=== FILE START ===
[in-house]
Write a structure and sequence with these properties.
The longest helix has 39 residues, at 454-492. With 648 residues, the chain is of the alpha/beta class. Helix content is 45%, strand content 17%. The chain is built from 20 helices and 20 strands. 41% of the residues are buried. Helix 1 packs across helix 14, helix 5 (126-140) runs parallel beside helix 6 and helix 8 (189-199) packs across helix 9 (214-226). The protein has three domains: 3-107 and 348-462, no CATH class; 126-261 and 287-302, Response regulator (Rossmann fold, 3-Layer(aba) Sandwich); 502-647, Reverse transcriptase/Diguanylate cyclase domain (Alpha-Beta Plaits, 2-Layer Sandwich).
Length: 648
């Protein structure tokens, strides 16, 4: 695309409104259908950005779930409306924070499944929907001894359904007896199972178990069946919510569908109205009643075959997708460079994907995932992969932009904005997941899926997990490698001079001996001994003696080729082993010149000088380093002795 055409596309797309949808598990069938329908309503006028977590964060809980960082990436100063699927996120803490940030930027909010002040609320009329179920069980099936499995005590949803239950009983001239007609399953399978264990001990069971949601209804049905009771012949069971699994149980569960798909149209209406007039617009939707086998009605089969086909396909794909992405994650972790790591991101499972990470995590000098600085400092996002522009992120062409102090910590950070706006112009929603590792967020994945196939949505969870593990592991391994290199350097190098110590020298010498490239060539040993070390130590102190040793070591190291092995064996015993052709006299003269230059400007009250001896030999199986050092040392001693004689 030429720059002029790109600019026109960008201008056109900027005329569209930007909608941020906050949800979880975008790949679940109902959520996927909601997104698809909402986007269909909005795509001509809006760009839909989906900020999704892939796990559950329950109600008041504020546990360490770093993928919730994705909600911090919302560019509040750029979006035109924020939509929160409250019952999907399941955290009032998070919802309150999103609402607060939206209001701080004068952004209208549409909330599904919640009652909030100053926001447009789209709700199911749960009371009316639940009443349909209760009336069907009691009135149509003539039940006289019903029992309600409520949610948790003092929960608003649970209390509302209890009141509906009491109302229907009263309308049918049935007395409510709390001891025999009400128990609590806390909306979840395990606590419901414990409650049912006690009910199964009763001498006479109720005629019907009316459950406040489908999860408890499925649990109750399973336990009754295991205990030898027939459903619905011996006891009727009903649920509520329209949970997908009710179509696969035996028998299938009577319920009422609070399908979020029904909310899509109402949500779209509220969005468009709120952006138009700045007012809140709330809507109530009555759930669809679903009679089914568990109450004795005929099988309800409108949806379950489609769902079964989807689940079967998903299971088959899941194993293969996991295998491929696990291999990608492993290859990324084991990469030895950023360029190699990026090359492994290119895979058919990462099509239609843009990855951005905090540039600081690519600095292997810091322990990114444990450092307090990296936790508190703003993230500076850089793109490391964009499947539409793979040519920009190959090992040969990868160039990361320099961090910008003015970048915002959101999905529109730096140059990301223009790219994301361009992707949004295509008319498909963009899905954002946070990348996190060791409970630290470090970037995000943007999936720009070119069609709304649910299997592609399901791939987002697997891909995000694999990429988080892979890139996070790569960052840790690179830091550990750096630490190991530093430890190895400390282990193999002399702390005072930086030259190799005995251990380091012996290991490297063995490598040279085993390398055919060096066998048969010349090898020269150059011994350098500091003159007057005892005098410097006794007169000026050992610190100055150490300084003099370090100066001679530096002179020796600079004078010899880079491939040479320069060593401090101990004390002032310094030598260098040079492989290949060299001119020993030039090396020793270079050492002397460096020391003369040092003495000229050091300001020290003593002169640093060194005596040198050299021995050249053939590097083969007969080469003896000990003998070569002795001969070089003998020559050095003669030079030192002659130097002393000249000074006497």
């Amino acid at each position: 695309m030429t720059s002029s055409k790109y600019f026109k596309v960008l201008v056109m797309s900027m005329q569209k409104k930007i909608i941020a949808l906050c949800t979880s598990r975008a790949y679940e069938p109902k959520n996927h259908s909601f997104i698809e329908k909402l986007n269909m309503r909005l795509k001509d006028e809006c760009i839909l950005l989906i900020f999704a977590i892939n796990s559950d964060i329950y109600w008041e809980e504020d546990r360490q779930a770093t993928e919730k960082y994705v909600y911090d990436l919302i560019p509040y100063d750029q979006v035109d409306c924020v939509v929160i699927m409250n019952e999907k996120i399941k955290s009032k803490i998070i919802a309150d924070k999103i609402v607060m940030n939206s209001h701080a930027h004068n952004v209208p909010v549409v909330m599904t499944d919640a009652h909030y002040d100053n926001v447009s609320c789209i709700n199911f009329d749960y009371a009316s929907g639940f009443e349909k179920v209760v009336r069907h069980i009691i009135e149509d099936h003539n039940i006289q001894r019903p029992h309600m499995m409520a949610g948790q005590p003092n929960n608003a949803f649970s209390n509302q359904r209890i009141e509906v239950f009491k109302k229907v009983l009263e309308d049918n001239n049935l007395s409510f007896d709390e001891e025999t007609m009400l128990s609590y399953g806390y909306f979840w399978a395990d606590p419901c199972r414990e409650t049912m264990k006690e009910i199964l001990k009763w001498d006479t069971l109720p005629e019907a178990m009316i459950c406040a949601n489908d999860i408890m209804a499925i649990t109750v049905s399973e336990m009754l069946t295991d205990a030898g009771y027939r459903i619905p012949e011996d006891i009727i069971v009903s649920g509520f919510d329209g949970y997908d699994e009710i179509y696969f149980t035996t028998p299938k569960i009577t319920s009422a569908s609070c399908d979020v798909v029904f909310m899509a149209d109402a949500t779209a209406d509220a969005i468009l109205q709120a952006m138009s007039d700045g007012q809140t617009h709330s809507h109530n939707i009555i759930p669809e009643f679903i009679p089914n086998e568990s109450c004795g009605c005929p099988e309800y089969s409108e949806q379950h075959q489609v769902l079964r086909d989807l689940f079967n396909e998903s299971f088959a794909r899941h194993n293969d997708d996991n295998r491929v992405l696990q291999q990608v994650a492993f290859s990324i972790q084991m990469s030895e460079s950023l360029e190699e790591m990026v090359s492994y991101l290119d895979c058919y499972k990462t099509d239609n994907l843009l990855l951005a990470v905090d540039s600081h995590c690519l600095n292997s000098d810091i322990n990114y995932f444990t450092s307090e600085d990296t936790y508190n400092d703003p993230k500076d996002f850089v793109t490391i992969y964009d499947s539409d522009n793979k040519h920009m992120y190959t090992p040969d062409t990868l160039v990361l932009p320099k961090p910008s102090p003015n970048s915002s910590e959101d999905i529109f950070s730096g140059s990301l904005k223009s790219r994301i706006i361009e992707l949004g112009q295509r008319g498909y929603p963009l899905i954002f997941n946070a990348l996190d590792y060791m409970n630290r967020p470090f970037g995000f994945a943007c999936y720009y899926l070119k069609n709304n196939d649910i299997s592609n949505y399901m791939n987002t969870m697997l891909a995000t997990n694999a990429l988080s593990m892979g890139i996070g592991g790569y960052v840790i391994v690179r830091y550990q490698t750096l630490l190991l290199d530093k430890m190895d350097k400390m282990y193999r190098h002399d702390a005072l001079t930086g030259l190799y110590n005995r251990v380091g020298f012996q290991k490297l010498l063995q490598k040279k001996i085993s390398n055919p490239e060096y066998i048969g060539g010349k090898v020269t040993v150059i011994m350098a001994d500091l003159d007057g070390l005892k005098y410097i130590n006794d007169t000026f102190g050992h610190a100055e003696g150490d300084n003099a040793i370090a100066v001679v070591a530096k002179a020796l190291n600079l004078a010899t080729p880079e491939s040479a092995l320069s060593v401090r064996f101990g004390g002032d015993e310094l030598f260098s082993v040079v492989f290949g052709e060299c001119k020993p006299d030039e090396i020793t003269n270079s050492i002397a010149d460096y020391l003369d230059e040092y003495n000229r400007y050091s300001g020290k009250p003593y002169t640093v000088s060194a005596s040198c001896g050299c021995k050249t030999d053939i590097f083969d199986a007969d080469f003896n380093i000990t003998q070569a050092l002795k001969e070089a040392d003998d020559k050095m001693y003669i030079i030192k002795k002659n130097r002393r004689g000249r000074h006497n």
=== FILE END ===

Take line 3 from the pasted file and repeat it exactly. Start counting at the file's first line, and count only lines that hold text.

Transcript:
The longest helix has 39 residues, at 454-492. With 648 residues, the chain is of the alpha/beta class. Helix content is 45%, strand content 17%. The chain is built from 20 helices and 20 strands. 41% of the residues are buried. Helix 1 packs across helix 14, helix 5 (126-140) runs parallel beside helix 6 and helix 8 (189-199) packs across helix 9 (214-226). The protein has three domains: 3-107 and 348-462, no CATH class; 126-261 and 287-302, Response regulator (Rossmann fold, 3-Layer(aba) Sandwich); 502-647, Reverse transcriptase/Diguanylate cyclase domain (Alpha-Beta Plaits, 2-Layer Sandwich).